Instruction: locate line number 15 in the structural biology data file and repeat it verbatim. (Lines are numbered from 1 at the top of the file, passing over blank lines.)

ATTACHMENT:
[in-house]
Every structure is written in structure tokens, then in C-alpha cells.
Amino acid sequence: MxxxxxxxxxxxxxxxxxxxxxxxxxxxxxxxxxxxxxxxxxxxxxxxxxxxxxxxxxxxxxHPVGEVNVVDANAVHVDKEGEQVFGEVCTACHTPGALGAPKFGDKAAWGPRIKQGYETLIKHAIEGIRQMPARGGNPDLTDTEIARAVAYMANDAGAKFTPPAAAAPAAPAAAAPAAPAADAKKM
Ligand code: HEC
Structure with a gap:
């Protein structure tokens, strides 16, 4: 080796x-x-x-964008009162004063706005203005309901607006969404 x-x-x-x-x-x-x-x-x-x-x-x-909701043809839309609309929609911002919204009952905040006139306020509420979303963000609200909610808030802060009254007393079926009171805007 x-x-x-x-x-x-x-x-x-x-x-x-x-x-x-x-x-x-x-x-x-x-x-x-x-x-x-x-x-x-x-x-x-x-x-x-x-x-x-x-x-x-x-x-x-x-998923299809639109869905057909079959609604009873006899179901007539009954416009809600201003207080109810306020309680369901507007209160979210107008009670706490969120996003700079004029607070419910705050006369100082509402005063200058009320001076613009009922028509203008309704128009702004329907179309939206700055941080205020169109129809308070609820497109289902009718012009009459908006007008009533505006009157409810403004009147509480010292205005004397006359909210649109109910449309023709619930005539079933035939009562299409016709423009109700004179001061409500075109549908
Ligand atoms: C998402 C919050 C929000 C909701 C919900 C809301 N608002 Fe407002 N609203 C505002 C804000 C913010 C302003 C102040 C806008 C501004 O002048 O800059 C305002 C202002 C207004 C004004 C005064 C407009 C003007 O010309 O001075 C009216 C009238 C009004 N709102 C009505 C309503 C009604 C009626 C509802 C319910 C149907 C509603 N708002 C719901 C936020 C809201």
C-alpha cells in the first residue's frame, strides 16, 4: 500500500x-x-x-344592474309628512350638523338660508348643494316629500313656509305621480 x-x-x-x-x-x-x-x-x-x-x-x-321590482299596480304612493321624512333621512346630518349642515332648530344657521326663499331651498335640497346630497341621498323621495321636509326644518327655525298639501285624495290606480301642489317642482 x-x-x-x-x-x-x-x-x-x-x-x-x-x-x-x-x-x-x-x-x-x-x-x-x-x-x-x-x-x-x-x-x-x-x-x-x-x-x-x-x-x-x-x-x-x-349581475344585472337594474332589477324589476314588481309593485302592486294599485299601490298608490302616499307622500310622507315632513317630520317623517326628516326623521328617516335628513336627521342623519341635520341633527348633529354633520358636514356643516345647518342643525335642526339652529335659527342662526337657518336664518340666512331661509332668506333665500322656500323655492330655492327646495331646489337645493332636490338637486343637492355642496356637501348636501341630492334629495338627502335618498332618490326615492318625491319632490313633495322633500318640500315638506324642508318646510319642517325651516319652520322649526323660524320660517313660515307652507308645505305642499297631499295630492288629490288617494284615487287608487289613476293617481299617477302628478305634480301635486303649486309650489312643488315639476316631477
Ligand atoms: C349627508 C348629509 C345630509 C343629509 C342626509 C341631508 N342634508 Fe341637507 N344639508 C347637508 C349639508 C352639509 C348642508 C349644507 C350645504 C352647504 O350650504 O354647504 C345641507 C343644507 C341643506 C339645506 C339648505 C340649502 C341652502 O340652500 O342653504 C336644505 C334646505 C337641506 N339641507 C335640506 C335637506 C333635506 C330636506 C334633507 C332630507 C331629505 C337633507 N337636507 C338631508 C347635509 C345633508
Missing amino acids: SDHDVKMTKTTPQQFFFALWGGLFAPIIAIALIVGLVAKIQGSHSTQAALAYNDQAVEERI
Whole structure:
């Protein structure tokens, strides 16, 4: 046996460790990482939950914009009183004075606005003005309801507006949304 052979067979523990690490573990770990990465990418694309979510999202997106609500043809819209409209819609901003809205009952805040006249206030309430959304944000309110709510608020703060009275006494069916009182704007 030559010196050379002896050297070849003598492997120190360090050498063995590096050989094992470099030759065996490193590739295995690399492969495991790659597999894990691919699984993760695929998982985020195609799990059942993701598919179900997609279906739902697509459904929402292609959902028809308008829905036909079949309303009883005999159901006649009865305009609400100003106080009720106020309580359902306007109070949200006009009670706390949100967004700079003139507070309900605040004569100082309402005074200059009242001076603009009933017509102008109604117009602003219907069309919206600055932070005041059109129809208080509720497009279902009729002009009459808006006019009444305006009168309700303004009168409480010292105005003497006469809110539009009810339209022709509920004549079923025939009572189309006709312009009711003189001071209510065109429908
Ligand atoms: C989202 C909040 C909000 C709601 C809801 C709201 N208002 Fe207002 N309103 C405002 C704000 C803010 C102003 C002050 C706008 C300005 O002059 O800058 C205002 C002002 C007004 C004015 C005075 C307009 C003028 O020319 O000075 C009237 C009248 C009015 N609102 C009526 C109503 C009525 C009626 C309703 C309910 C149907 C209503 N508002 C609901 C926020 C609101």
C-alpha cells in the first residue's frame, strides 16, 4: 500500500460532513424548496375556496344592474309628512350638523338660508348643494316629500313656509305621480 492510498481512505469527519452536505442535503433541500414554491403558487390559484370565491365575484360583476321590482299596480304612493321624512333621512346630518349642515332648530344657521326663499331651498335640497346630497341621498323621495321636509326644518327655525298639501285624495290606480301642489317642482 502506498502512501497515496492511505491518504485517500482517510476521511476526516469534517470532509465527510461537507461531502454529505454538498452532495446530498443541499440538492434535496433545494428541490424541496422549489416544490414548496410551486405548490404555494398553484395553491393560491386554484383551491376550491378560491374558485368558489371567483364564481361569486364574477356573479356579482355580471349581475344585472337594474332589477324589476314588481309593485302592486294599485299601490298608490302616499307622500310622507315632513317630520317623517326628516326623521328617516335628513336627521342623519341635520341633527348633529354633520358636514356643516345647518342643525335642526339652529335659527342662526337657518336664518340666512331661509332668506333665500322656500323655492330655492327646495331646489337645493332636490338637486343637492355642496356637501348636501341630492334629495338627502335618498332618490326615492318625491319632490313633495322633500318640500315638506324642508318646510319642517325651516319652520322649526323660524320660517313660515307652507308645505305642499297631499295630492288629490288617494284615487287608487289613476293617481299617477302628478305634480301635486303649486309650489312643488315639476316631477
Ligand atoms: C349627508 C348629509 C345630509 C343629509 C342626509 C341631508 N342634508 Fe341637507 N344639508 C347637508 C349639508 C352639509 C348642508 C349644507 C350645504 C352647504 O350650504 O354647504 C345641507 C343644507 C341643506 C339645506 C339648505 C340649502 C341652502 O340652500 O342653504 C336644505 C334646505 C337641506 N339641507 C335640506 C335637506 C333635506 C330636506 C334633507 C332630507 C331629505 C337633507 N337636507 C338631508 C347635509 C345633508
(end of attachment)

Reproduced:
Ligand atoms: C349627508 C348629509 C345630509 C343629509 C342626509 C341631508 N342634508 Fe341637507 N344639508 C347637508 C349639508 C352639509 C348642508 C349644507 C350645504 C352647504 O350650504 O354647504 C345641507 C343644507 C341643506 C339645506 C339648505 C340649502 C341652502 O340652500 O342653504 C336644505 C334646505 C337641506 N339641507 C335640506 C335637506 C333635506 C330636506 C334633507 C332630507 C331629505 C337633507 N337636507 C338631508 C347635509 C345633508